Sen. Jeanne Shaheen (center) talks with Sen. Thom Tillis (right) on Capitol Hill in Washington, on Wednesday, Feb. 7, 2018. The two senators will co-chair a newly revived Senate observer mission to NATO. Also pictured is Sen. Joni Ernst (left). (Susan Walsh/AP)

Senators are resuscitating an observer mission to NATO that has been defunct for over a decade in the latest effort from Congress to affirm its commitment for the nearly 70-year-old alliance at a time when the president’s support for it is in question.

Sens. Jeanne Shaheen (D-N.H.) and Thom Tillis (R-N.C.) announced the reconfiguration of the Senate NATO Observer Group on Wednesday afternoon, stressing that Senate leaders, senior officials from the State and Defense departments, as well as U.S. Ambassador to NATO Kay Bailey Hutchison, were fully behind the effort.

But the senators said they had not yet secured the express buy-in of the White House and President Trump — whose own comments about traditional security alliances such as NATO have not always been in lockstep with those of his administration.

Discussions about reviving the observer group, which was first constituted in 1997 to help lawmakers stay engaged in plans to expand NATO into Eastern Europe but has not been in existence since 2007, began in earnest late last summer, just a few months after Trump’s first trip to Brussels, where he met with the leaders of NATO member states. While there, Trump scolded allies for not budgeting more toward their defense obligations to the alliance, and he held back making an unconditional endorsement of Article 5: that an attack on one NATO member would be treated as an attack on all.

Since then, the Senate has taken steps to demonstrate the United States’ commitment to NATO, such as adopting an amendment reaffirming support for Article 5 in a bill stepping up sanctions against Russia and Iran. But Shaheen said Wednesday that when in Munich in February to attend an international security conference, she heard fewer concerns from NATO allies about U.S. commitment to the organization.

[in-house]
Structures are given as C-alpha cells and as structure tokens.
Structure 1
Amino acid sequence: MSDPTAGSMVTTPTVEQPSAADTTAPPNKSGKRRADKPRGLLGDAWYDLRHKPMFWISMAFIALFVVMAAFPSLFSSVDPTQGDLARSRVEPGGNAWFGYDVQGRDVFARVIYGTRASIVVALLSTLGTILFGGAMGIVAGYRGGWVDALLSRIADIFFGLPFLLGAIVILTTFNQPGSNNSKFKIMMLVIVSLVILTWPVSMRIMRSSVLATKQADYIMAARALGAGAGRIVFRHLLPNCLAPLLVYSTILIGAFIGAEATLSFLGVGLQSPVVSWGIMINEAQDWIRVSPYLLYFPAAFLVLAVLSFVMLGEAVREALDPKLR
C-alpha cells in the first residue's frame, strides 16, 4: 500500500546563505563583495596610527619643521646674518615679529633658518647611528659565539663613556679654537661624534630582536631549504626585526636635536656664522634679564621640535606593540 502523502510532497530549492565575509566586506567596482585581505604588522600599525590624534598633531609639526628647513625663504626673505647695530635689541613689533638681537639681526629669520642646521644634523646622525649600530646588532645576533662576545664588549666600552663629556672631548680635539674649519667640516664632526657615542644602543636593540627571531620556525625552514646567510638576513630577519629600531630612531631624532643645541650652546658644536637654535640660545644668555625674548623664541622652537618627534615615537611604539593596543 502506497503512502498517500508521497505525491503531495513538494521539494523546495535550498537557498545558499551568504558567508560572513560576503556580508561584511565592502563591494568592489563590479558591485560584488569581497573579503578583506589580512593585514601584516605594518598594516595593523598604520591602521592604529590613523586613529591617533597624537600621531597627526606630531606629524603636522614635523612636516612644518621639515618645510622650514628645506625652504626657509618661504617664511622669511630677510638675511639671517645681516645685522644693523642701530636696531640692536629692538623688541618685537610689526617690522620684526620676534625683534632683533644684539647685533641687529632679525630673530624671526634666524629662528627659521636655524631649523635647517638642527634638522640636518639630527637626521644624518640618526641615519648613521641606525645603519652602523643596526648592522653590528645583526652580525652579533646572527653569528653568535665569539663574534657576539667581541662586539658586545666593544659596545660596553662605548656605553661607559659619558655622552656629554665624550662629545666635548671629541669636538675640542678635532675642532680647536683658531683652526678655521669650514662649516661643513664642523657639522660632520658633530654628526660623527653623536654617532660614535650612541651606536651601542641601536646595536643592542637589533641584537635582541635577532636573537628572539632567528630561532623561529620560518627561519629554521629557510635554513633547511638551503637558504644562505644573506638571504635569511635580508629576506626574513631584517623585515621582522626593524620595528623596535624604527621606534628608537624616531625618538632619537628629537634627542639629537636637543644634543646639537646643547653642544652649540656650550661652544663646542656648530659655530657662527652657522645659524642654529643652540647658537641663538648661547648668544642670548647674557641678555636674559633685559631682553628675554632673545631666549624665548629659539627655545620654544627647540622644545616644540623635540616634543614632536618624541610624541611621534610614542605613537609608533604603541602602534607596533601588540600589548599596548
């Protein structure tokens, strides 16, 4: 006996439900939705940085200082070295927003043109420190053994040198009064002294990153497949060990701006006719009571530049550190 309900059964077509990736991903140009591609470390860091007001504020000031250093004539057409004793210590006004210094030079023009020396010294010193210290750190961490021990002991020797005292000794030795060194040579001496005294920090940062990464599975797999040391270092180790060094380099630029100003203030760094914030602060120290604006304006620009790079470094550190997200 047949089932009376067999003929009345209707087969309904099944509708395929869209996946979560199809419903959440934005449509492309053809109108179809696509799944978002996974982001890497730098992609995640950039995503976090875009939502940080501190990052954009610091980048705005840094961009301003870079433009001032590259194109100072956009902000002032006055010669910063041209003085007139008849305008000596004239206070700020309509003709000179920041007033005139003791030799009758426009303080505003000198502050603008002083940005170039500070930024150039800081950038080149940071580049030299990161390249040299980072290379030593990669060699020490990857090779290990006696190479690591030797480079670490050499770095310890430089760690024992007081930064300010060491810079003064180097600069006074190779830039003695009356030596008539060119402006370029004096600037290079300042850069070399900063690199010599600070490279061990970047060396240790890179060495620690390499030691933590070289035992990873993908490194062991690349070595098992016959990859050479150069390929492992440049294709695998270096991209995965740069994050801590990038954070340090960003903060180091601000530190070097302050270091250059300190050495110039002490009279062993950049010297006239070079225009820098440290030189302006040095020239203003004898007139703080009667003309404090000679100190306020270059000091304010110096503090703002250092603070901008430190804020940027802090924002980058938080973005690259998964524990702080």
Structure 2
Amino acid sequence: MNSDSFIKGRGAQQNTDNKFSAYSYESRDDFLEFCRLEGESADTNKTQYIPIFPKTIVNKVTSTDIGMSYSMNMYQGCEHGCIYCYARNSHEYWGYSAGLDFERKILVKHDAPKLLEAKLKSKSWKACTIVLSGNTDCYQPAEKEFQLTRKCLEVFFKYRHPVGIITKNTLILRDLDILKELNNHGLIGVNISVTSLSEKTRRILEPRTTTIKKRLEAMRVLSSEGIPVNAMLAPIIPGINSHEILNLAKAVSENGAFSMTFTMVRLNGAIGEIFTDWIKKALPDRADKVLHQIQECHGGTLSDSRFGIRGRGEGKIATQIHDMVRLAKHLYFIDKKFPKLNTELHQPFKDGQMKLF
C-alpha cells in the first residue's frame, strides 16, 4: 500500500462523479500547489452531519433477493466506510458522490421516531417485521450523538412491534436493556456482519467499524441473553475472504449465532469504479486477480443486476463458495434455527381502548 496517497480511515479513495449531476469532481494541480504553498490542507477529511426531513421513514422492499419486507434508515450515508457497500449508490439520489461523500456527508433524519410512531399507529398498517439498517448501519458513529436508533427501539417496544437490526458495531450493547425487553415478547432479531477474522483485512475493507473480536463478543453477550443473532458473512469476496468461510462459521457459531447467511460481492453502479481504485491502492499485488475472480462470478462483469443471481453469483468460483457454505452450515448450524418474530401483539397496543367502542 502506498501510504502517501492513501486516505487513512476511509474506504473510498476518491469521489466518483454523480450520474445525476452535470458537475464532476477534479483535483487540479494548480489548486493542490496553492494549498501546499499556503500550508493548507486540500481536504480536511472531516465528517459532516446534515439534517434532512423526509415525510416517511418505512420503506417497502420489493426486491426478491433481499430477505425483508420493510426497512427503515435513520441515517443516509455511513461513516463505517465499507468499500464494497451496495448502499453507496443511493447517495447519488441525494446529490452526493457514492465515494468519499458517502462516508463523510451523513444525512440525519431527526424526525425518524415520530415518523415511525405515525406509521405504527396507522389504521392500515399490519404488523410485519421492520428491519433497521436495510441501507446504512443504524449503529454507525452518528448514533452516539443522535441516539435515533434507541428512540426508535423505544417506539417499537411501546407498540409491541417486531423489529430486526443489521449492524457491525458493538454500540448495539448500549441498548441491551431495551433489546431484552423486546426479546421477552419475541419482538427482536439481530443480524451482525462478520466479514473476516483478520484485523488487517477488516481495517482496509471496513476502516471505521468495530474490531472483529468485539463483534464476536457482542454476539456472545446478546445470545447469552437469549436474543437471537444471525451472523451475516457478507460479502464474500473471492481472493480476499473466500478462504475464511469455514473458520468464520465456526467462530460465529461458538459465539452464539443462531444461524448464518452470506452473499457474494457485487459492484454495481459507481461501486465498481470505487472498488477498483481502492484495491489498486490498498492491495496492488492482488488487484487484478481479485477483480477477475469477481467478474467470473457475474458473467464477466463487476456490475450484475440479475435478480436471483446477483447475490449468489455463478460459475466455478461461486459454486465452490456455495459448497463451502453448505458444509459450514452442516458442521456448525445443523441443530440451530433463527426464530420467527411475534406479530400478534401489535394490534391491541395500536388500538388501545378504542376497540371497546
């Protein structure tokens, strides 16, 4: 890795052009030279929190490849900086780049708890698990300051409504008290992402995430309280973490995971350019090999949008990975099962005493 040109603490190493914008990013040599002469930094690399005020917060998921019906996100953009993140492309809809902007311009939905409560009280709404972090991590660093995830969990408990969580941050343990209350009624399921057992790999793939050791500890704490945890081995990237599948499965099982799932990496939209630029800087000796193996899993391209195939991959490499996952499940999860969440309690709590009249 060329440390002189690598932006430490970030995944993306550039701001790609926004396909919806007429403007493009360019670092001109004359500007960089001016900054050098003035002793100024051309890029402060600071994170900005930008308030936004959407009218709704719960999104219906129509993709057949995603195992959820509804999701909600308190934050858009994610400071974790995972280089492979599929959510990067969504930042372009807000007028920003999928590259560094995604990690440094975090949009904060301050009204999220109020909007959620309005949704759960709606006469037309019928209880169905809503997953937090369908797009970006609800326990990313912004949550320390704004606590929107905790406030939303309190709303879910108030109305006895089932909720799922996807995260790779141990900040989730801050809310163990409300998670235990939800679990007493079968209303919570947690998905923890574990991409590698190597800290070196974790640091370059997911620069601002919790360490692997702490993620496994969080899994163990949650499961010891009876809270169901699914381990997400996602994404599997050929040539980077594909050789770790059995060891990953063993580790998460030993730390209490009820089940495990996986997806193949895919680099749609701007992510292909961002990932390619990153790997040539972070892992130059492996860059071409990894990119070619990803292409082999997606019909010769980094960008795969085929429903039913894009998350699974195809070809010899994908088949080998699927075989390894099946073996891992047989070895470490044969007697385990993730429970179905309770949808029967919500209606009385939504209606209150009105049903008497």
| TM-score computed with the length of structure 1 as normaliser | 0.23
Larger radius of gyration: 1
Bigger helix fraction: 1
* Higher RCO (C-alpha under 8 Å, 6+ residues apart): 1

“I didn’t hear from people on this trip that there were the same questions about where the United States was going to be with respect to NATO. . . . It was more of a discussion of how we’re going to go forward together,” she said.

“I think the fact that we had assistant secretary [A. Wess] Mitchell is an indication that the administration supports this effort,” Shaheen added, referring to the assistant secretary of state for European and Eurasian affairs, who came to Capitol Hill with Supreme Allied Commander of Europe Gen. Curtis Scaparotti to join Shaheen and Tillis on Wednesday to announce the new observer mission.

Tillis also noted that the high-ranking administration officials backing the effort show “that we clearly have the support of the administration and I think we’ll build on it.”

The observer mission is currently made up of 10 members of the Senate, but there are no limits on how big it can become. Present members include the chairmen and ranking members of the Senate Foreign Relations, Armed Services, Intelligence, and defense appropriations committees, as well as Shaheen and Tillis, who will co-chair. Other members will be selected by Senate Majority Leader Mitch McConnell (R-Ky.) and Senate Minority Leader Charles E. Schumer (D-N.Y.), and likely appointed in bipartisan pairs.

The group plans to make several trips to NATO allies “and make it very clear to them America’s commitment is strong,” Tillis said.

He and Shaheen added that the observer mission could play an important role in educating senators not on national security panels about the need to support NATO through increased appropriations and other legislative means — particularly in the face of terrorism, cyberthreats and Russian aggression.

“We’re building on what I think has been a remarkable year: increased participation, financial participation,” Tillis said, referencing how several NATO members had increased their defense contributions to the alliance. NATO members are expected to try to devote 2 percent of gross domestic product on defense by 2024.

“There’s a lot of positive momentum I think we can build on,” Tillis added, predicting that the administration would take steps “in the coming weeks” to step up sanctions against Russia.